the kids, but, to be honest with you, you know like you, you can impact a child infinitely. My getting them these books. I know that because Gotten thousands of messages, emails, letters about that impact so, if you know any kids go right now to warrior kid. dot com. It is order all the books for these kids. You know and you'll help him off. we also national front, which is a leadership consultancy where we solve problems through leadership, go to echelon, front dot com. For that we have live events. We also have an online training academy, it exe im, ownership, dot com, where we help leaders from all walks of life in every level of leadership and we help them solve their problems. There's course You can take their lives sessions that you can join. That's we're doin extreme. worship, dot com and, if you
I help service members active and retired to help their families want to help gold star families check out, mark Lee's, mom mama Lee she's got a charity organization and if you I don't need, or you want to get involved glue, america's mighty warriors dot, org and don't forget about michael think MIKE. I think who right now is sitting beside the river that he just did a seven minute coldbath in now he's reheating his body on a fire that he started with a stick. That's what's happening right now, so check out. He rose and horses dot org. Once again. If you want to connect with day Mccormick Or instagram he's at Dave Mccormick p a. and he's also on the web dave mccormick, pierre doc. What movies run it again it sounded like he was leaning, yeah he's a guy. That's patriotic he's a guy that wants to help america. He doesn't have to run. I mean he's obviously in a position in his life where he can
duty wants, but he loves the country so that the type of person that stepping up so check him out and then, of course, it's on the interwebs echo and I are also there echoes echo Charles and I match aka, we'll just watch out when you go on there, because the algorithms going to try and grab you by your ankle and drag you down into the underworld of wasted time and wasted to beyond that. Once again, thanks day mccormick for joining us for sharing your lessons. Learned thanks your service to our great nation and all thanks to all military person, l out there right now who, on the phone lines as we speak, keeping evil at bay. We thank you all for standing. The watch and two are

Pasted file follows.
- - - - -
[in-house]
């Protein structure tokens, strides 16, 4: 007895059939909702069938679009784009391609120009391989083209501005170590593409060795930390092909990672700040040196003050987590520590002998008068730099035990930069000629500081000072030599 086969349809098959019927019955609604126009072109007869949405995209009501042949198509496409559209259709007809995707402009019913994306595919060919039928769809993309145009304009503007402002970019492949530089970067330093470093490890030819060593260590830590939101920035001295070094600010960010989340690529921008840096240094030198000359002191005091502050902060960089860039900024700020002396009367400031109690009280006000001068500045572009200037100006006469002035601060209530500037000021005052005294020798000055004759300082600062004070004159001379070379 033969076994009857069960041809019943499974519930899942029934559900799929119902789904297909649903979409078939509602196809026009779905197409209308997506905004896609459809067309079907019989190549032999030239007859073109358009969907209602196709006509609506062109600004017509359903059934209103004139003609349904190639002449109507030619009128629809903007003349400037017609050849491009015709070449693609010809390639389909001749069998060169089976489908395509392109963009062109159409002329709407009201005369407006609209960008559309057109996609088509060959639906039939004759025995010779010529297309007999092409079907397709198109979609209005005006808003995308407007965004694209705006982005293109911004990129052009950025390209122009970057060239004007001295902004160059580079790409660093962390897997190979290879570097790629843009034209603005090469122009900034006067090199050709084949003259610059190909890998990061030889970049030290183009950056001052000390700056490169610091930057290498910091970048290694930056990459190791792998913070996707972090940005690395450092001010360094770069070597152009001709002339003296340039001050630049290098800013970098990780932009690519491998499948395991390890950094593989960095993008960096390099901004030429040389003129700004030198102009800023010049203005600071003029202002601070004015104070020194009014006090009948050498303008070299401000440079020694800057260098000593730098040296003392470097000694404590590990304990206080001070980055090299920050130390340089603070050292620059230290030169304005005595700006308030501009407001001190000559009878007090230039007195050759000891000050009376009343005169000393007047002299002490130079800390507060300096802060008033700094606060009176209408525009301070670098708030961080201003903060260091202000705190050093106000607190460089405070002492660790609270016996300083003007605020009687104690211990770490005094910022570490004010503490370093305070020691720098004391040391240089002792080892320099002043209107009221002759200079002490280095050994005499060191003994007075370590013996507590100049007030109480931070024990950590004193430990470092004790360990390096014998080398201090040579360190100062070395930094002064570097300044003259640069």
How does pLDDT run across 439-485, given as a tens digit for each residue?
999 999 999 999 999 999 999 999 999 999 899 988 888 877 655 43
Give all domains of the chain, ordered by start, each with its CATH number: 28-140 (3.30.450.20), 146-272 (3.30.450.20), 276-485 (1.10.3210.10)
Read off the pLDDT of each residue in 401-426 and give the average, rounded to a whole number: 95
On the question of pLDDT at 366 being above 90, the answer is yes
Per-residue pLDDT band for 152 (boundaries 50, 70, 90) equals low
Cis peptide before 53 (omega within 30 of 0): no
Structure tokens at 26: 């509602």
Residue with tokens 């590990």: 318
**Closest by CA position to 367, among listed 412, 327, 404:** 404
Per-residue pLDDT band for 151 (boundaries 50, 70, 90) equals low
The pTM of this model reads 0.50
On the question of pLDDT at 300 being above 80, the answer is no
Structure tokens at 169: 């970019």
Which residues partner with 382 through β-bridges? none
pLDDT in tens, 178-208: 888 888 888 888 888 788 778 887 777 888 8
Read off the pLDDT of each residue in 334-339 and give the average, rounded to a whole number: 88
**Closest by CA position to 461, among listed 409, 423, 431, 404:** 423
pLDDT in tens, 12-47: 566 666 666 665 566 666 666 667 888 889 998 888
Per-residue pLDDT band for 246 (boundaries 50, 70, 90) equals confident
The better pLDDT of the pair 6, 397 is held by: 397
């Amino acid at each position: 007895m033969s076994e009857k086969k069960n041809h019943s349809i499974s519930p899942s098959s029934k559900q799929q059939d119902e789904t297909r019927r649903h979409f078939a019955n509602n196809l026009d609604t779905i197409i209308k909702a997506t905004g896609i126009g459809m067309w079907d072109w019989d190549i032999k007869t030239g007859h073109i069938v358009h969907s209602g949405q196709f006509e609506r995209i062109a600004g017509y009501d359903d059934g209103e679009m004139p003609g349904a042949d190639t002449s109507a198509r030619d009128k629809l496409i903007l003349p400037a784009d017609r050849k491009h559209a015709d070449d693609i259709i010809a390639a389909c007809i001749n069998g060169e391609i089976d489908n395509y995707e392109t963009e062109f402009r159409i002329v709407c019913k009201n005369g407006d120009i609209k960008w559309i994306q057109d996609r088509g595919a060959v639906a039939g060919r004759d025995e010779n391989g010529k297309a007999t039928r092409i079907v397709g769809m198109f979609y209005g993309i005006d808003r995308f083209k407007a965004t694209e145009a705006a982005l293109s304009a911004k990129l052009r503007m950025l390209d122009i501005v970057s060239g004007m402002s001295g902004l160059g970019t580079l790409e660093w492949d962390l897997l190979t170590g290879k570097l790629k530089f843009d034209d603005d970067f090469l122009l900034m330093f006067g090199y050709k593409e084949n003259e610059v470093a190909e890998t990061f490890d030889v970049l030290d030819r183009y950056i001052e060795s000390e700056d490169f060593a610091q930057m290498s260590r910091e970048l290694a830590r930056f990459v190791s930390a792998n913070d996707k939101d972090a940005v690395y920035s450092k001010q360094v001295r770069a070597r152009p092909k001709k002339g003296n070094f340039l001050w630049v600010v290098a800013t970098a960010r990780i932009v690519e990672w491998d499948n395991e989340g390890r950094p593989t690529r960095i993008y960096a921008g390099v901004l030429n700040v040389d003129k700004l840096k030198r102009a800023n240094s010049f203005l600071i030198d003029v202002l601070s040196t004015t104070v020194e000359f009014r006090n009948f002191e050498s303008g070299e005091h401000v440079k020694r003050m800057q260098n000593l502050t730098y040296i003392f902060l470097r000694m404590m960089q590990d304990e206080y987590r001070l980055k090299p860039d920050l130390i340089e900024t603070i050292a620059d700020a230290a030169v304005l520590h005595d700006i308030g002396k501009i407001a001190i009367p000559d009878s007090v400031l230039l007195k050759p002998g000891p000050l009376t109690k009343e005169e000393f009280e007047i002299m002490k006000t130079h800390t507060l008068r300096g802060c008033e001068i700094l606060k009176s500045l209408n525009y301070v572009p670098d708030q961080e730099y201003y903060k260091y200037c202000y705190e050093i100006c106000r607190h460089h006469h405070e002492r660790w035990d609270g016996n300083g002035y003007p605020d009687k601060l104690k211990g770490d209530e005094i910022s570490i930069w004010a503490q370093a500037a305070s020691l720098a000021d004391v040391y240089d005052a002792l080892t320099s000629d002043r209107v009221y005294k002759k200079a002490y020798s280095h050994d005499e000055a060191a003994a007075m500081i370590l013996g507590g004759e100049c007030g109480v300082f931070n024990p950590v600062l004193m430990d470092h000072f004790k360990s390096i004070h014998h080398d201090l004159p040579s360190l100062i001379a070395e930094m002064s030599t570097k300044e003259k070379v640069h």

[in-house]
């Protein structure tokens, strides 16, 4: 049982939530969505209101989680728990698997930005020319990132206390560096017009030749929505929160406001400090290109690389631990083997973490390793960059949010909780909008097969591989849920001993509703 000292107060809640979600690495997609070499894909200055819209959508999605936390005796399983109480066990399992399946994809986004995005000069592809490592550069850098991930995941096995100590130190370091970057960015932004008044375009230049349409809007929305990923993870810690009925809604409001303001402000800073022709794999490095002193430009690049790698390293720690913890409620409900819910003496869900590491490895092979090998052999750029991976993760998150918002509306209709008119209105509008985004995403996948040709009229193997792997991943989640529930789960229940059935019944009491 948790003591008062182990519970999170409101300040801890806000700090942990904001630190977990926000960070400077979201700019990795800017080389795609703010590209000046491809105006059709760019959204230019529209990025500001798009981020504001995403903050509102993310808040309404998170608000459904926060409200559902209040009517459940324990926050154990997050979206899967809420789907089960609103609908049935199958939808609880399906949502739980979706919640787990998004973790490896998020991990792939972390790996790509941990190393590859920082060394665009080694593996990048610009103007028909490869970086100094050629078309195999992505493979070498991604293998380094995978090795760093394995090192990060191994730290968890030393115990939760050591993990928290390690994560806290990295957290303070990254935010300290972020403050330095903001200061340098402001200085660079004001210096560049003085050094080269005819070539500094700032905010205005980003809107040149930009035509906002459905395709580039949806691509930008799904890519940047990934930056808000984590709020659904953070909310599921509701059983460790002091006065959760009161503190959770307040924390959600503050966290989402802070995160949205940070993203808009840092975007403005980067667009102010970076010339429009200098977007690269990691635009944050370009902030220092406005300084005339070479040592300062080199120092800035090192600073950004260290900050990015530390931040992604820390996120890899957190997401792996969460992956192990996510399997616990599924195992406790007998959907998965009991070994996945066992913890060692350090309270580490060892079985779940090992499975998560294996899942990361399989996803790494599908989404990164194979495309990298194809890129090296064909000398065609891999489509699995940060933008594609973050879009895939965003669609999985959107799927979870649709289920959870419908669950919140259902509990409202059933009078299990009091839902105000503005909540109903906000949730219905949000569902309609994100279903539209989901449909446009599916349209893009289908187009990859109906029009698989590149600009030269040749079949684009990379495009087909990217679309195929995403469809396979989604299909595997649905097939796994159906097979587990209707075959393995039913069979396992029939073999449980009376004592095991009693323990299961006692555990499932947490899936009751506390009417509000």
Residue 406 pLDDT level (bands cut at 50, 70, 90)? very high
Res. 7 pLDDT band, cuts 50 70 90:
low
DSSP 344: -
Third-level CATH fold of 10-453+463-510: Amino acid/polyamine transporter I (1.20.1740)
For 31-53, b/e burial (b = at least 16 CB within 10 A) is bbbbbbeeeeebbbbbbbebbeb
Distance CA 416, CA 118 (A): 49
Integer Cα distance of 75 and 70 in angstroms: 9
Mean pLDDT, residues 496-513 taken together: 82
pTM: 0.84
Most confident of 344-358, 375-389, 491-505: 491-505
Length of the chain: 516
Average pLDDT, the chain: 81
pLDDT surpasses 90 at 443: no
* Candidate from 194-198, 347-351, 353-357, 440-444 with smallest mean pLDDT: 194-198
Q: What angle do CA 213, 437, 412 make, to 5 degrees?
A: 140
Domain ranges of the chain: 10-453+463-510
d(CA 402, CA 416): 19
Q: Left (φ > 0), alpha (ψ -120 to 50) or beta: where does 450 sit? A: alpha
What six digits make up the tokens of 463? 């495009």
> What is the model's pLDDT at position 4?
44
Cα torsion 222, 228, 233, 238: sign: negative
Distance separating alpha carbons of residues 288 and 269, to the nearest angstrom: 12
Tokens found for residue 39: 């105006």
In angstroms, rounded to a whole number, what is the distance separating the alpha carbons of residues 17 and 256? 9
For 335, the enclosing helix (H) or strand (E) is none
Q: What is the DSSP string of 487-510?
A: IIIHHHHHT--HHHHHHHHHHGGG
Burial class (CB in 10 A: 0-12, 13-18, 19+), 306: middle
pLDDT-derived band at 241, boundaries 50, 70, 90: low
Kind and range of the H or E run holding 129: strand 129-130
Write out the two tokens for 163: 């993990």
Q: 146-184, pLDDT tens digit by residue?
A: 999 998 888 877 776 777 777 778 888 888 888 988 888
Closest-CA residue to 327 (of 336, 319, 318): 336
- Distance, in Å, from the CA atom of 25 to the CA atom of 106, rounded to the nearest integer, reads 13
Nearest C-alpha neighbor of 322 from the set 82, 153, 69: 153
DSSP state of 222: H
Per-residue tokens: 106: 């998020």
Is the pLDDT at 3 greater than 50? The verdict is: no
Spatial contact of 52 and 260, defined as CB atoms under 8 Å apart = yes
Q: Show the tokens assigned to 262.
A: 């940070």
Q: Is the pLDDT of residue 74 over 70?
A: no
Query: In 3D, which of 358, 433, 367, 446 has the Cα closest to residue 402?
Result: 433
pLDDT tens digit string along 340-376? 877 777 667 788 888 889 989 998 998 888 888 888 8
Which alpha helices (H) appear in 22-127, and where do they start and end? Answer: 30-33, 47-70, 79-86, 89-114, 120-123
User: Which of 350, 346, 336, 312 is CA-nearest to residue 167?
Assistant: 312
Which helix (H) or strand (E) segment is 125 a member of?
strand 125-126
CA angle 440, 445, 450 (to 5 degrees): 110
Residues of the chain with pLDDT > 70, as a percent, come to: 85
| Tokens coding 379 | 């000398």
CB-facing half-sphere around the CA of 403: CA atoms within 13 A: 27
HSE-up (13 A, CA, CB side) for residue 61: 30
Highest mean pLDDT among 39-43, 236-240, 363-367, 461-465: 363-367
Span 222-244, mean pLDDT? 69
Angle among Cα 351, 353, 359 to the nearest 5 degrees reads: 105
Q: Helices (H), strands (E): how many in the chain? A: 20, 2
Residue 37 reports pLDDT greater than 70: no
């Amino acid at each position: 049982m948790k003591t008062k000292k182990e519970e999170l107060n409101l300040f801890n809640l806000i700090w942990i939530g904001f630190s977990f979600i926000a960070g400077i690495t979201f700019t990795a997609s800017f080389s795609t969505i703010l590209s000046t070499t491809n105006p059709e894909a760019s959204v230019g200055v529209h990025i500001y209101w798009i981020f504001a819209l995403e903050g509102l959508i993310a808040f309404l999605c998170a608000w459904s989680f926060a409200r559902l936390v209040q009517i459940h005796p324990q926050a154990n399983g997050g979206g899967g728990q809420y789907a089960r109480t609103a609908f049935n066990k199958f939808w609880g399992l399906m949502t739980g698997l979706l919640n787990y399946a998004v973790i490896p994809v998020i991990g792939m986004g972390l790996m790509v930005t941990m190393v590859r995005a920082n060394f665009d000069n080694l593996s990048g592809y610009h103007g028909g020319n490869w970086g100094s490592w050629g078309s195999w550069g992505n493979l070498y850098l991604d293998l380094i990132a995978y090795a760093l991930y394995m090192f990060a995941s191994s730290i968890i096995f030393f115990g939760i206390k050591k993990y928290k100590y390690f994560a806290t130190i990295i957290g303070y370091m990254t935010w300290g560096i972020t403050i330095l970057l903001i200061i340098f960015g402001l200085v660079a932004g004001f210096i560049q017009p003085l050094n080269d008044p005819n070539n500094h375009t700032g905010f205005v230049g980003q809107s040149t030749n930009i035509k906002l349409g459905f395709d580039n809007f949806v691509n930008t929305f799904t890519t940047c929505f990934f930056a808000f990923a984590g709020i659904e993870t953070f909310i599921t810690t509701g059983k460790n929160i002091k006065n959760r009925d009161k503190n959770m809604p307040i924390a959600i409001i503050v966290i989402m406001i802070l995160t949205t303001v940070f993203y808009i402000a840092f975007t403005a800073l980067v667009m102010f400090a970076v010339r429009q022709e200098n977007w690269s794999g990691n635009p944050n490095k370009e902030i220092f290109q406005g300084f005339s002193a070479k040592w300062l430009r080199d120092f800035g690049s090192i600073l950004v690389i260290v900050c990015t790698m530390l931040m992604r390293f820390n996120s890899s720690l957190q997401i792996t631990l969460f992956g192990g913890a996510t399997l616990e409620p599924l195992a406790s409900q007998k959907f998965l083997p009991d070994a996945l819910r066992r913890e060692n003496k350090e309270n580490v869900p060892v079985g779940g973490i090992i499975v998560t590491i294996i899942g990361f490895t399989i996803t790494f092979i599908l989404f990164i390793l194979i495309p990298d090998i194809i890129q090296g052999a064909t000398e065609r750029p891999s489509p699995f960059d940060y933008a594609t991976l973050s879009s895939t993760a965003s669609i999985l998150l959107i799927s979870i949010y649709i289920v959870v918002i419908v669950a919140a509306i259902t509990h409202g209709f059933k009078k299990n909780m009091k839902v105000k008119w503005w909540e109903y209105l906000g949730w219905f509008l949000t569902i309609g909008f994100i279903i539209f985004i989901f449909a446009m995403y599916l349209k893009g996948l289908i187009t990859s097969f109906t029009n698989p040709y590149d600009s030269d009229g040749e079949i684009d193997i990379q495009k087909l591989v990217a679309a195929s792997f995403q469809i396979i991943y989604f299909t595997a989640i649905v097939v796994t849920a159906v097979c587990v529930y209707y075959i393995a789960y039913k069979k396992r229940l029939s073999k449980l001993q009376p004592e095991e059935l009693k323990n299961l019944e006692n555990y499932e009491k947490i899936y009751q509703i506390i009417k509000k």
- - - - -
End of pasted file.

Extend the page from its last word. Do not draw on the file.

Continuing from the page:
police law enforcement, firefighters, paramedics, he empties, dispatchers, correctional officer, border patrols, secret service in all first responders? Thank you for keeping evil at bay here at home, and everyone else out there. to everyone else out there. The world can be a dark place and you can read about it in you watch it on the news. There's a lot of bad things happening in the world you can focus on how bad it is, and you can surrender your mind to that darkness or you can decide to do something about it. Can decide to make it better and listen? Maybe you can't change the whole world me, but you can't change the whole world, but I guess aren t, you can change your world
can square your life away. You can get smarter. You can get stronger, you'd, give faster, healthier. You can get better you can help your friends, you can help your family. You can help your name right across the street. clean up your yard. You can repair that fence. You can replace
the light in the garage you can be better, you can make your world better and when you do that, you make the whole world better. So don't complain any more, don't surrender to the darkness instead go get to work and until next time this is echo and jocko out.
Transcript generated on 2023-06-08.